By Dan Spalding
Neither of Indiana’s U.S. Senators supported a procedural vote that would have opened the door for debate on whether a 9/11-style bipartisan commission should be established to investigate the Jan. 6 Capitol Hill insurrection.
Sen. Todd Young voted no in a vote earlier this week that would have opened the door for debate on the proposal to create a 9/11-style commission on the riots that left five dead. Sen. Mike Braun was one of 11 who missed the vote.
The Senate vote was 54-35 – short of the 60 votes needed to consider a House-passed bill that would have formed a 10-member commission evenly split between the two parties.
Braun issued a lengthy statement: “Those who breached the Capitol and committed horrific acts of violence on January 6 must be prosecuted, and all steps must be taken to prevent future security breaches and protect the men and women who protect the Capitol. To those ends, America’s most respected investigation entity – the FBI – is leading a world-class probe resulting in over 450 arrests so far and bringing a great deal of information about those who broke the law that day to light, and my Appropriations Subcommittee is digging deep into what the Capitol Police need to do their jobs safely and the Architect of the Capitol needs to prevent future attacks. I do not support the creation of a partisan commission that seeks to exploit this tragedy for political gain.”
Young was more concise: “Two Senate committees are conducting a joint bipartisan investigation of the events of January 6 with a final report coming in a matter of weeks. Senator Young believes we should let the existing process reach a conclusion.”
Ultimately, the riots will be investigated. Democrats have a few other options, all of which will likely be cast as partisan.
The vote comes after pleas by many, including the family of Capitol Hill officer Brian Sicknick, to create the commission.
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HELLO ISRAEL – Gov. Eric Holcomb’s visit this week to Israel raised a few eyebrows. His office touted the visit, saying Holcomb was the first U.S. governor to visit Prime Minister Benjamin Netanyahu following 11 days of brutal violence between Israel and Hamas, which seems like an odd thing to point out.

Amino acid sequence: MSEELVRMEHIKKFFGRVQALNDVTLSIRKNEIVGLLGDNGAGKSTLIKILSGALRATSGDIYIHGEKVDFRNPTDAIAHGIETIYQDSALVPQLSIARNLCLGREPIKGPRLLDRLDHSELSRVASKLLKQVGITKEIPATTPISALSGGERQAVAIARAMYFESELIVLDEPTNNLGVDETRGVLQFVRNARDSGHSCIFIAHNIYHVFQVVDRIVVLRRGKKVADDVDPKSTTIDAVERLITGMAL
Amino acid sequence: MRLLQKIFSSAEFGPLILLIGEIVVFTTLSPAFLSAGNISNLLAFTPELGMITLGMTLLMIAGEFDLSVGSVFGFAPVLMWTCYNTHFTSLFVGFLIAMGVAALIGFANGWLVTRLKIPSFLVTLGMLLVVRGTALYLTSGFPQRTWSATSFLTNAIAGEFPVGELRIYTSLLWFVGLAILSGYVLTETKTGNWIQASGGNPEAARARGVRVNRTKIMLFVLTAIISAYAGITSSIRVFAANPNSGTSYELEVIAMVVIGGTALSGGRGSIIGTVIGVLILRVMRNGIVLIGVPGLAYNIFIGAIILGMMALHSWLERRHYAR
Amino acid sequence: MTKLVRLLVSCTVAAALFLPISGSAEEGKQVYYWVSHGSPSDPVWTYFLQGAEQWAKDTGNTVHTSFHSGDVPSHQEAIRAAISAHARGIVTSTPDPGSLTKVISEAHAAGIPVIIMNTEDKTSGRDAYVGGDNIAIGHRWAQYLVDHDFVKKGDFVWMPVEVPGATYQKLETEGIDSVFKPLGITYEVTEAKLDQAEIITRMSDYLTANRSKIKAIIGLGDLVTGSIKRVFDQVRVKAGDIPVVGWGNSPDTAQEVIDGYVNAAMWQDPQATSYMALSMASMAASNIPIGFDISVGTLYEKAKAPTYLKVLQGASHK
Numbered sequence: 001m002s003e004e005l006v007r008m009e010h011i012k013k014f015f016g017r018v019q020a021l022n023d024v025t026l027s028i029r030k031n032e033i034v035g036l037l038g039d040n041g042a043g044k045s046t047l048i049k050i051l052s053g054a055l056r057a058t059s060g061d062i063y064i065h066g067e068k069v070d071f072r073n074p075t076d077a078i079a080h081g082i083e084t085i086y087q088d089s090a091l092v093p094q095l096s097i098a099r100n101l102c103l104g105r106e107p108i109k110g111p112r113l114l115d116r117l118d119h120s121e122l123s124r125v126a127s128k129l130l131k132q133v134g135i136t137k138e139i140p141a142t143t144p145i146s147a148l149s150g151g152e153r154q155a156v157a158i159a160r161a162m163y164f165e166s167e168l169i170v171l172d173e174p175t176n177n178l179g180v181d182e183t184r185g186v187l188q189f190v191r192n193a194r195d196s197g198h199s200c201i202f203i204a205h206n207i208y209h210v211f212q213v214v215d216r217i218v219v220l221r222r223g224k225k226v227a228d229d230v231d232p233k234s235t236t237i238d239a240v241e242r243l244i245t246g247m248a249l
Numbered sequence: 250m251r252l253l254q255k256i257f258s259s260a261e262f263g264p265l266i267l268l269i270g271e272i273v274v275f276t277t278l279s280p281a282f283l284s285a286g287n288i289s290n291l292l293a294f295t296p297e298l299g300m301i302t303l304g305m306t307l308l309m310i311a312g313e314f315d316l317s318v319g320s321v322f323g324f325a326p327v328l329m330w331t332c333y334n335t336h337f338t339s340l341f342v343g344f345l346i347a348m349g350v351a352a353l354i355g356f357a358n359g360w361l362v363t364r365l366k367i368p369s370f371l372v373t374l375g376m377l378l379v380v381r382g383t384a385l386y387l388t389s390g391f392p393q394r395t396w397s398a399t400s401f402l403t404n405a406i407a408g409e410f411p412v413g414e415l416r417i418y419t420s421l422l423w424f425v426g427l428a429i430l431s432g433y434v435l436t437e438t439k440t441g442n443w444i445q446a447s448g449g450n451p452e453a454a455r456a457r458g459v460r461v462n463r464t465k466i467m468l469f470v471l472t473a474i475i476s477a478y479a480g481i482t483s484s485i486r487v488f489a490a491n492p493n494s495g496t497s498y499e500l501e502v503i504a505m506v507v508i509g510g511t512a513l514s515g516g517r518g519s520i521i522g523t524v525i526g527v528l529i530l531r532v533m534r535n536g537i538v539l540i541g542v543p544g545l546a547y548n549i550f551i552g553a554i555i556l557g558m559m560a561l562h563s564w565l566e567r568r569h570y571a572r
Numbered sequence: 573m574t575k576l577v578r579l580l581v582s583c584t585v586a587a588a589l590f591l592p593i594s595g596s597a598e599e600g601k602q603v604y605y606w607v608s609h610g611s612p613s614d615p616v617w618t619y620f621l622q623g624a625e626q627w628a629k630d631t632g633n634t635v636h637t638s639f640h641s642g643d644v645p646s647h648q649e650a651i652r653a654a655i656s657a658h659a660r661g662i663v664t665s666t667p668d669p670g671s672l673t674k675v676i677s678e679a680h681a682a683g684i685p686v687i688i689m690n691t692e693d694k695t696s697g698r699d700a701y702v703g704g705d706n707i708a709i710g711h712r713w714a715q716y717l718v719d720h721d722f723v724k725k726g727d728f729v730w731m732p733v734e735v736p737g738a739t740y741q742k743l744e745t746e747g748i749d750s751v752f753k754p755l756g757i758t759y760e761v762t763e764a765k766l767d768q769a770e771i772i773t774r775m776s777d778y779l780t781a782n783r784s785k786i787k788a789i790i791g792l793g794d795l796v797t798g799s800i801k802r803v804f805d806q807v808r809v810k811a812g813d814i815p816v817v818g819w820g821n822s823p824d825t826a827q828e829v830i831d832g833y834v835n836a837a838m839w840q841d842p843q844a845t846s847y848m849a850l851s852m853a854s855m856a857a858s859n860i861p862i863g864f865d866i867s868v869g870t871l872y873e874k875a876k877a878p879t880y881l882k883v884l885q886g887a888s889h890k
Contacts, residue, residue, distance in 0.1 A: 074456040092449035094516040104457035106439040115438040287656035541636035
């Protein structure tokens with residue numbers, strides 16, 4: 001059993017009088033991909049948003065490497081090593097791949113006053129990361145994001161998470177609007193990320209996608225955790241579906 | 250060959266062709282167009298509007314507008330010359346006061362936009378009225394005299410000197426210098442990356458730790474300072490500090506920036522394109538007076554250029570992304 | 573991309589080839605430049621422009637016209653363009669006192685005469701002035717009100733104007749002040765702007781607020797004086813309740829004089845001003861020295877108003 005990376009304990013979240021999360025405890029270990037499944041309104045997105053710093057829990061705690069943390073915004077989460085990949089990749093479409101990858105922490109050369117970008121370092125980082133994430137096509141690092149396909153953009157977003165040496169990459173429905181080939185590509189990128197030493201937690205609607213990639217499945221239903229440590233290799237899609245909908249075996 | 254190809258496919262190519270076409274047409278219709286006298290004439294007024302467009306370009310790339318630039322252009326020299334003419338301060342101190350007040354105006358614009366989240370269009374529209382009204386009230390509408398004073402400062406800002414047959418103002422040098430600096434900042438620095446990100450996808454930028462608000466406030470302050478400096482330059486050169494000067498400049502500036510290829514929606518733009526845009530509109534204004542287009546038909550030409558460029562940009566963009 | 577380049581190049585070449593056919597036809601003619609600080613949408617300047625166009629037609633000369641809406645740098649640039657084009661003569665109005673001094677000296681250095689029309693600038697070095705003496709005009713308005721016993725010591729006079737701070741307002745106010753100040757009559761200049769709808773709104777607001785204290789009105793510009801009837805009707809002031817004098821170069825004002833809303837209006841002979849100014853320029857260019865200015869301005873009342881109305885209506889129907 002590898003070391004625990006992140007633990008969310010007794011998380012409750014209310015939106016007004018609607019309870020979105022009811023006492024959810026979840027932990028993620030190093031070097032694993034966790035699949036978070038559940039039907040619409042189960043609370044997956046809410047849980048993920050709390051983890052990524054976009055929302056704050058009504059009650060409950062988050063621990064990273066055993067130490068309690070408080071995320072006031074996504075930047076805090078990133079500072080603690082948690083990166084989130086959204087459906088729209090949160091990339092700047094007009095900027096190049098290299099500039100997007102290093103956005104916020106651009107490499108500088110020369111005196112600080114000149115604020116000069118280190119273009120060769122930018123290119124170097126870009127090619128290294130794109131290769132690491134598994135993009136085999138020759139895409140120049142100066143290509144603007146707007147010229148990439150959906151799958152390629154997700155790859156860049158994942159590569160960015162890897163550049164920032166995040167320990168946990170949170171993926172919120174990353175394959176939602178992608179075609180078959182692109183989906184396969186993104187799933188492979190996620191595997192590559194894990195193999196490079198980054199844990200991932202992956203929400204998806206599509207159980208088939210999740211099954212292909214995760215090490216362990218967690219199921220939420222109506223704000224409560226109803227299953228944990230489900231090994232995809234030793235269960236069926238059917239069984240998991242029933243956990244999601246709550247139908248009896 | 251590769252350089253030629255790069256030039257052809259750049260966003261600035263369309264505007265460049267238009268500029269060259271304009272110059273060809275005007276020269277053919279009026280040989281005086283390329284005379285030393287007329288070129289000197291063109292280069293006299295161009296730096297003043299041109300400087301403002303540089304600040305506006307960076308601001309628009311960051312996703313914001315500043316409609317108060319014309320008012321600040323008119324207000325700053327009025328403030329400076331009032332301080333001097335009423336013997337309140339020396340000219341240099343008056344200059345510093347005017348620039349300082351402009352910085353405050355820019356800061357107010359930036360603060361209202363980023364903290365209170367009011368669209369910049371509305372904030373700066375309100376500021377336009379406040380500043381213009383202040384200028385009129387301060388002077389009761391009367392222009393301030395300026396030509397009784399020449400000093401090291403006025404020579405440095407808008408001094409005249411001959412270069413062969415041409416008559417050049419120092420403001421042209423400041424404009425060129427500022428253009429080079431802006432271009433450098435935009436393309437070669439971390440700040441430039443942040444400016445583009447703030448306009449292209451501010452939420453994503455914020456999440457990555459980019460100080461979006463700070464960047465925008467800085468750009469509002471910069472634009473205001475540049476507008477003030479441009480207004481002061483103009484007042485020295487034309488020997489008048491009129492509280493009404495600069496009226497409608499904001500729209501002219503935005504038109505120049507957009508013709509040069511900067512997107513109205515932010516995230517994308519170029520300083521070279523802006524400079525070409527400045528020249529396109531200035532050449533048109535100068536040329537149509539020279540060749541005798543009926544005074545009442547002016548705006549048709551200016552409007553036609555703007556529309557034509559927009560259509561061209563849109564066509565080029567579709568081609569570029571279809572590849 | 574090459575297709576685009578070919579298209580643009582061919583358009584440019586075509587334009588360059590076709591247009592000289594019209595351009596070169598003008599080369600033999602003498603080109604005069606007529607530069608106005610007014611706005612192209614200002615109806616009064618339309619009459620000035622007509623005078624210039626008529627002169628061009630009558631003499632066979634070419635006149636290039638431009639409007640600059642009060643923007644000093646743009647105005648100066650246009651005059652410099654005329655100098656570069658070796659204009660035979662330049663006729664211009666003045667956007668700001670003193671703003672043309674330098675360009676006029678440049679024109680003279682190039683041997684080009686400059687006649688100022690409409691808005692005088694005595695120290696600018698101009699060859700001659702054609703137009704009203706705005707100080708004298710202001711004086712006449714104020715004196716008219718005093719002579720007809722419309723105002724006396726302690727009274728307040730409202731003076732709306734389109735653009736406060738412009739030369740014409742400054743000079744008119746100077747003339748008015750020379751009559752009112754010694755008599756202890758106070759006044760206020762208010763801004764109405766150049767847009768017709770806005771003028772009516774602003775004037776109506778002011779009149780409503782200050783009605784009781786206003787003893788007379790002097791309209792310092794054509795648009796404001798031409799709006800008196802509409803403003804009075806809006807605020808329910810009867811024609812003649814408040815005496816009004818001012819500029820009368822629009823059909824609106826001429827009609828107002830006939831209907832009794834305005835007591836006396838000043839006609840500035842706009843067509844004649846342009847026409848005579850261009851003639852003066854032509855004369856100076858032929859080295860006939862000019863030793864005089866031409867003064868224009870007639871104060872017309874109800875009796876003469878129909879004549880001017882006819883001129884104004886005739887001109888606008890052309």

Afterward, the governor issued the following statement: “I came to Israel at the request of Prime Minister Netanyahu to continue forging an even stronger Israel-Indiana bond. Building relationships with foreign leaders and businesses is vital for Indiana’s success.”
Holcomb is finishing his final term as governor. Netanyahu, meanwhile, appears to be in his final days as the leader as others work to build a coalition that would end Netanyahu’s 12-year run.
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POPULATION SHIFT – Here’s a little trivia you can use on family and friends today while watching the Indy 500.
Even at 40 percent capacity (135,000), the Indianapolis Motor Speedway would rank as the third most populous community in Indiana.
Furthermore, those figures show that Carmel – a former suburb of Indy – now has a larger population than South Bend. And Fishers is now just 2,000 short of equaling South Bend.
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Dan Spalding is the editor at InkFreeNews.com.
He covers city government and politics and always welcomes your input.